Starting In January, 9 States Will Require Passport for Domestic Flights

Starting January 22, 2018, travelers from nine states will need a passport for domestic flights.

Kentucky, Maine, Minnesota, Missouri, Montana, Oklahoma, Pennsylvania, South Carolina, and Washington will require travelers to present a passport for traveling within the United States. A military ID or permanent resident card will also be accepted.

The change was made because of unmet federally mandated “security standards” in those states.

Travel and Leisure reports:

On Thursday, the TSA began placing signage around airport security checkpoints to inform travelers of the new TSA rules going into effect in 2018.

The IDs from these nine states do not meet the federal government’s minimum security standards. And, according to the REAL ID Act of 2005, federal agencies (like the TSA) are prohibited from “accepting for certain purposes driver’s licenses and identification cards from states not meeting the Act’s minimum standards.”

In order for states to pass the government’s security standards, they must verify every ID applicant’s identity, put anti-counterfeit technology in the production of the card and conduct background checks on those who issue driver’s licenses.

If the nine states currently on the list change their ID process, the government “may grant extensions or determine compliance for additional states as warranted,” the TSA said in a statement. “TSA will update signage if and when states that are currently listed receive extensions.”

Rather than update their standards to meet the TSA’s high expectations, nine states will simply require stricter means of identification.

Seventeen other states also do not meet federal requirements, but they’ve been granted extensions.

Updating security to comply with government rules has proven to be a difficult task, and many states must weigh citizens’ privacy against security throughout the arduous process.

As ridiculous as it may sound, simply requiring a passport for domestic air travel has proven easier than keeping up with the government’s rules.

Travel and Leisure continues:

Only 24 states (plus Washington, D.C.) currently comply with the rules set forward in the act. The remaining states have been given extensions (through 2017) to meet REAL ID standards.

But the process to change state-wide ID standards is lengthy. Legislature in many of the states, including Missouri and Kentucky, has been issued to the state house floor in order to comply with federal government standards. But these bills may have trouble getting passed due to growing concerns over privacy.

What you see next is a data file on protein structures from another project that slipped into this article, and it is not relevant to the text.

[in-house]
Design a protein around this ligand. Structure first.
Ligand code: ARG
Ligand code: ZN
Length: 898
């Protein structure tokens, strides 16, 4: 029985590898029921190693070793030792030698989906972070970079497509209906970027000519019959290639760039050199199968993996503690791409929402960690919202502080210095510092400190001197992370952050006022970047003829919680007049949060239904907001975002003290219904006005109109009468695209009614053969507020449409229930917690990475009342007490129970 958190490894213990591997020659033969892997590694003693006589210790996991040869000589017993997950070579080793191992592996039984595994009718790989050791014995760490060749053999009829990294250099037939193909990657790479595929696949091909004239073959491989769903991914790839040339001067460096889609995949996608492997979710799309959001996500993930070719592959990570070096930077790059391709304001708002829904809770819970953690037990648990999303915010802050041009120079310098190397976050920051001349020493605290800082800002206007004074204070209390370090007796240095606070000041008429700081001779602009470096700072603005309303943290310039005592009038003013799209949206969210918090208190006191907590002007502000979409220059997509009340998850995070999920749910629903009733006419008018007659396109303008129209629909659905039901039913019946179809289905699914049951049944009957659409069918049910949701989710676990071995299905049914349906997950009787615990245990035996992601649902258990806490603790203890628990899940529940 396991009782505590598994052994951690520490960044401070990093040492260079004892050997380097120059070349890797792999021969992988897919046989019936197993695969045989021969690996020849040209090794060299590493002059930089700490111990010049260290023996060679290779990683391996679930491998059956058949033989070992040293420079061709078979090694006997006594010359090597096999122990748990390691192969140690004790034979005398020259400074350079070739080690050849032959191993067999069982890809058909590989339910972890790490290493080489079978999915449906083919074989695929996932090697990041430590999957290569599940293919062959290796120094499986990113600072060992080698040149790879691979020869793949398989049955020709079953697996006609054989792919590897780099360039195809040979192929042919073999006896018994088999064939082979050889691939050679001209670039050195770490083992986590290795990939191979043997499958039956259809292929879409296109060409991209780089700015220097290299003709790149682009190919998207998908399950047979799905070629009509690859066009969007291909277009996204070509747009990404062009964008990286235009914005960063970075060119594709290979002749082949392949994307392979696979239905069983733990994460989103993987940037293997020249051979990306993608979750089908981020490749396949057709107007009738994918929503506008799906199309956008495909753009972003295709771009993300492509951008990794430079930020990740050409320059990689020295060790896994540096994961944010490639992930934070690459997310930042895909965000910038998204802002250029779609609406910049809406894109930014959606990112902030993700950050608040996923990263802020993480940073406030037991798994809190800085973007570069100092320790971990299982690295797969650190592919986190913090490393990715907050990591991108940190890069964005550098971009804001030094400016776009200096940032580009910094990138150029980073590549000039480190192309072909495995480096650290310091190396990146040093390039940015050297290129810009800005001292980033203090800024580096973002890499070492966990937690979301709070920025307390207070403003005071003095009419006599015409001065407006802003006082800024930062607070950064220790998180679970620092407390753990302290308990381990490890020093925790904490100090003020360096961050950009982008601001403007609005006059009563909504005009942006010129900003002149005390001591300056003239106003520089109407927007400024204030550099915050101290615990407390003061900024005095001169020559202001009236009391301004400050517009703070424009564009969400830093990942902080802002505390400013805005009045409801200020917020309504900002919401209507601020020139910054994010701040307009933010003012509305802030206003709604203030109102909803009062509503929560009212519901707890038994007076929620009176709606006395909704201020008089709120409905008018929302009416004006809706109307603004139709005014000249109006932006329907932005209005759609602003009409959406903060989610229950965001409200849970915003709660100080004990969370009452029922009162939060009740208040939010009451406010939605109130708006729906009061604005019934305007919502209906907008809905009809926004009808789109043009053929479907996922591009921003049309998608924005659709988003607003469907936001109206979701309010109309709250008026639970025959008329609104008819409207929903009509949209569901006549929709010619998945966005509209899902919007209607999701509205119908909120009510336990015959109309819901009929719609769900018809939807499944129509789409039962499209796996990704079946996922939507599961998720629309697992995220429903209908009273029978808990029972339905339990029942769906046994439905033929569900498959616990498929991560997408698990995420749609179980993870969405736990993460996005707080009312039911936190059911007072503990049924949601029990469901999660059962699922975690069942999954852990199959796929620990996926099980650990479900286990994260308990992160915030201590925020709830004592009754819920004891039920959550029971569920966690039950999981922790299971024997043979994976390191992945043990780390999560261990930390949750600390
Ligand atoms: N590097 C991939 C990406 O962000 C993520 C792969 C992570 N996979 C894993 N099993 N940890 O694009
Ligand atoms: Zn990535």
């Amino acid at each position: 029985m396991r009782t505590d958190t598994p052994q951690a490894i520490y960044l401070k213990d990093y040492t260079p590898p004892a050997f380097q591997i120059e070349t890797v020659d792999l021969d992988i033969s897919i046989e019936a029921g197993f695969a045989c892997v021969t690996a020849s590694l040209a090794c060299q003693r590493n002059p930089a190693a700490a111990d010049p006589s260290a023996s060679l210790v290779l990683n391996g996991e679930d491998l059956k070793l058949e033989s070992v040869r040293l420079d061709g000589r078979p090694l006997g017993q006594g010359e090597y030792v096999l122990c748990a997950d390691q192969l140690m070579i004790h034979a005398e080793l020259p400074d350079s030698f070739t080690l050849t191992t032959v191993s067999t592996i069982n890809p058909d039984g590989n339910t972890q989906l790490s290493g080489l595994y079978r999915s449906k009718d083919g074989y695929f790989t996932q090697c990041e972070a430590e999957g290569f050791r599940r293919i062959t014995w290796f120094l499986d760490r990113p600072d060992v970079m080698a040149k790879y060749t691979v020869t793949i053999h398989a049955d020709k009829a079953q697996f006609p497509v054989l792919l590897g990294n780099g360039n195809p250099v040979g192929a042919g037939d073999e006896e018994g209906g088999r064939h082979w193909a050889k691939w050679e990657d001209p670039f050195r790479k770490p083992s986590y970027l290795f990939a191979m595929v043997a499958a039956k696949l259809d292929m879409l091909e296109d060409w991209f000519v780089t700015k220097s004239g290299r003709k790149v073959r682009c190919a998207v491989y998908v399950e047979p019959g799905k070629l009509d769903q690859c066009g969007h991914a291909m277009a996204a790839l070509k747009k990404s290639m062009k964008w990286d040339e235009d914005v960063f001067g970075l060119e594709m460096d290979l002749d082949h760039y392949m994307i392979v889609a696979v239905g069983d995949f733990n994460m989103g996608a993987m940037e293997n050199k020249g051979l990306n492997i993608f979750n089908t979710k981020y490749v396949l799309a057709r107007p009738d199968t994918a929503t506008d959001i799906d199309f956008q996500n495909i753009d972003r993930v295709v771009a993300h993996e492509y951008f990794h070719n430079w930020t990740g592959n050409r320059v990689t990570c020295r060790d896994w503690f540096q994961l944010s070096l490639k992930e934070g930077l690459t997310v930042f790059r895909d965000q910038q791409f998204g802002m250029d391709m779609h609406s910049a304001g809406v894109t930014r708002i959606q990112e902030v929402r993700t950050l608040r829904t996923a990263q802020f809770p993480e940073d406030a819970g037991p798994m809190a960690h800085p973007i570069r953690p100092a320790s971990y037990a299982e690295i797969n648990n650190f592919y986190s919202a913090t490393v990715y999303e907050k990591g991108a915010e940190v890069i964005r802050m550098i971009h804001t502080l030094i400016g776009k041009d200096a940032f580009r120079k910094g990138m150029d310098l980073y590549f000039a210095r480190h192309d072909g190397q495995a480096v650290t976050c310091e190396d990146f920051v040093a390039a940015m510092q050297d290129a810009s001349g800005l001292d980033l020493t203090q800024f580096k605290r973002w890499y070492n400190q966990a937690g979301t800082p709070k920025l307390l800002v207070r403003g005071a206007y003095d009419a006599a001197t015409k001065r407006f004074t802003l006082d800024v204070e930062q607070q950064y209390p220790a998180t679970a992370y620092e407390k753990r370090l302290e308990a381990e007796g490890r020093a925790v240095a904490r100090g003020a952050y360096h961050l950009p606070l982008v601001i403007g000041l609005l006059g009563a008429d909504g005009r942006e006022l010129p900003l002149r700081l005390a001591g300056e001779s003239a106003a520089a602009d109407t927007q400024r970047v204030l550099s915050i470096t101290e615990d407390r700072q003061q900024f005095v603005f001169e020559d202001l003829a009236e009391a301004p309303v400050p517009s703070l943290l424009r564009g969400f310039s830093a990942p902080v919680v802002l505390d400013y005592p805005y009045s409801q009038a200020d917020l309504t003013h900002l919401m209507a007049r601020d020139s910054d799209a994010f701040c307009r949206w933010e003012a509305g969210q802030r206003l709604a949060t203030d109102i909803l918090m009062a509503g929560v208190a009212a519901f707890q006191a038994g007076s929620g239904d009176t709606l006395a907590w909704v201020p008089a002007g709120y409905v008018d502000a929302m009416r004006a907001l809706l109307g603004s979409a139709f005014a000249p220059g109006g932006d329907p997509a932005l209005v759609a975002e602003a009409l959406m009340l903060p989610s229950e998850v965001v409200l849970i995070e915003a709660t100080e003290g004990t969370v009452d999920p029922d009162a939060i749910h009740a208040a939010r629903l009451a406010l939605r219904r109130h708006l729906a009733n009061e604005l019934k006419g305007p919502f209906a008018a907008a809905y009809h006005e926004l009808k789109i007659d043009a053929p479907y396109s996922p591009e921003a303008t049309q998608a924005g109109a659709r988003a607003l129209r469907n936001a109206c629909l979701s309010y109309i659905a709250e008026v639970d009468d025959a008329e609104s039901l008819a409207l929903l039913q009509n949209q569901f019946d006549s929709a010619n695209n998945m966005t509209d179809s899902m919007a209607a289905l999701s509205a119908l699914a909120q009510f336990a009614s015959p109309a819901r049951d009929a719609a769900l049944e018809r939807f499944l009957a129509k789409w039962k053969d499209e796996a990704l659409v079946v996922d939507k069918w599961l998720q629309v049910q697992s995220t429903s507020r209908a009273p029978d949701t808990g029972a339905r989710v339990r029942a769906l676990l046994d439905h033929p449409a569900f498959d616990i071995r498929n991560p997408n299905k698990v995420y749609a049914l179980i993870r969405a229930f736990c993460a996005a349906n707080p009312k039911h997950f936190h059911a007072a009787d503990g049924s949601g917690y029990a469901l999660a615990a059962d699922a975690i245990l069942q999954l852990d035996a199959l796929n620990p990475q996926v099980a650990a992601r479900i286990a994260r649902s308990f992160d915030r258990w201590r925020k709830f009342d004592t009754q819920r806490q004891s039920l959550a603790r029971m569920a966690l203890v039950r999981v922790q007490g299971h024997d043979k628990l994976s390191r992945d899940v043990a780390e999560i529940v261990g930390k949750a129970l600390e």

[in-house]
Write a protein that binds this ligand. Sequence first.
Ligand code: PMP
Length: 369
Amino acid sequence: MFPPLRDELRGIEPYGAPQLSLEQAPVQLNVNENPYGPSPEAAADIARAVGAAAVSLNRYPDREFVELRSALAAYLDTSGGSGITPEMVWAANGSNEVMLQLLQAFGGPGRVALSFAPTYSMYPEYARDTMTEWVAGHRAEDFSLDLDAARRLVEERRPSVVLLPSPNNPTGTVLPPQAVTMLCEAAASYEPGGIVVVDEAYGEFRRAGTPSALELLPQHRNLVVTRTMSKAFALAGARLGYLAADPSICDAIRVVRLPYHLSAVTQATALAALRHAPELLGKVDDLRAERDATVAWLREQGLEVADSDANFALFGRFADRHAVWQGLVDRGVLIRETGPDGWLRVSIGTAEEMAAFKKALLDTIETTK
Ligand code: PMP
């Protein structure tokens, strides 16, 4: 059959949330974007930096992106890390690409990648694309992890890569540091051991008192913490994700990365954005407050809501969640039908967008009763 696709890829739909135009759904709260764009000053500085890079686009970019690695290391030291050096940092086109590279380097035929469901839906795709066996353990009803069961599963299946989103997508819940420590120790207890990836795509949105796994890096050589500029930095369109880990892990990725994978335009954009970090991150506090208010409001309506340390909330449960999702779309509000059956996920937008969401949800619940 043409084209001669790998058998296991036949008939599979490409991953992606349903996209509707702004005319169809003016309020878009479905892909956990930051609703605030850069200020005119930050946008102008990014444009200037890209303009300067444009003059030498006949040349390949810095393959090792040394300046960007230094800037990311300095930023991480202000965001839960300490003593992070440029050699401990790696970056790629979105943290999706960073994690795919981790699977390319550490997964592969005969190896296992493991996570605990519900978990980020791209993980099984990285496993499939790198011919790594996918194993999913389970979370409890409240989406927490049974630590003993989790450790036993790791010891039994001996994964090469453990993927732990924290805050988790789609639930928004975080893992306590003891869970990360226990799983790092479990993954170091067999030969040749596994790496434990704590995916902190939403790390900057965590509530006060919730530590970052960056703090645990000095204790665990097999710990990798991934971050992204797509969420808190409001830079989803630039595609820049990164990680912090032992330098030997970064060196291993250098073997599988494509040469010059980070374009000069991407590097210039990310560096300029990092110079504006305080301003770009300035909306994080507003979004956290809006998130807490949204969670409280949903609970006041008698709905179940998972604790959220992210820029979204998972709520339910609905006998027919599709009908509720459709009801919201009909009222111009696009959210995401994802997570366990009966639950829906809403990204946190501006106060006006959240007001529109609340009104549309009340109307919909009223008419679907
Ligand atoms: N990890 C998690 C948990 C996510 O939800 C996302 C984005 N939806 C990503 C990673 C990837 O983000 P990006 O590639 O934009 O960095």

Travelers from the nine states can either get a passport or wait and see if their state’s laws change in time to comply with the TSA.

Officials are calling the measure a means for making air travel safer. Stricter rules from the TSA is often considered the “new normal” due to the threat of terrorism.

But evidence that the TSA is preventing terrorism is minimal. The TSA may be able to boast about their record for busting drug smugglers, but little else.

The TSA make people feel safe though. Despite its pitfalls, such as undercover investigators smuggling mock explosives and weapons through checkpoints 95 percent of the time, the TSA can still make people more comfortable getting on a plane.

But is the loss of personal freedoms worth it for so-called security that can’t defend itself with real evidence?

The loss of privacy, the concern which has left so many states falling behind government standards in the first place, can be contested by state policies. That is, until the feds decide those states will have to chose between protecting privacy rights and permitting domestic travel without a passport.

If you think that the new rules sound outrageous, Forbes suggests you stop complaining and go get a passport.

Forbes reports:

This means that if you’re going to take a flight and you have a state-issued ID from one of those nine states, you will need a passport to go anywhere. That includes going to the next state, across the country, or even to Walt Disney World, as all domestic travel is included in these new standards.

Yes, traveling by air seems to have been made more difficult by the federal government, just as it has been made more complicated because of the need to remove our shoes at security check-in. But this new move is considered another way to make traveling safer, and another example of the new normal.

Again, to be clear, The Real ID Act is going to maintain that the residents of the nine included states must have another form of ID, most typically a passport, other than their state-issued driver’s licenses for international and domestic flights.

If this applies to you, start applying for a passport now. 2018 isn’t too far away. And there will be a last-minute rush for sure.

Are new passport polices justified? Or are they the result of states’ failure to keep up with with bogus but strict security measures that accomplish little more than limiting Americans’ personal freedoms?

Source: The Federalist Papers

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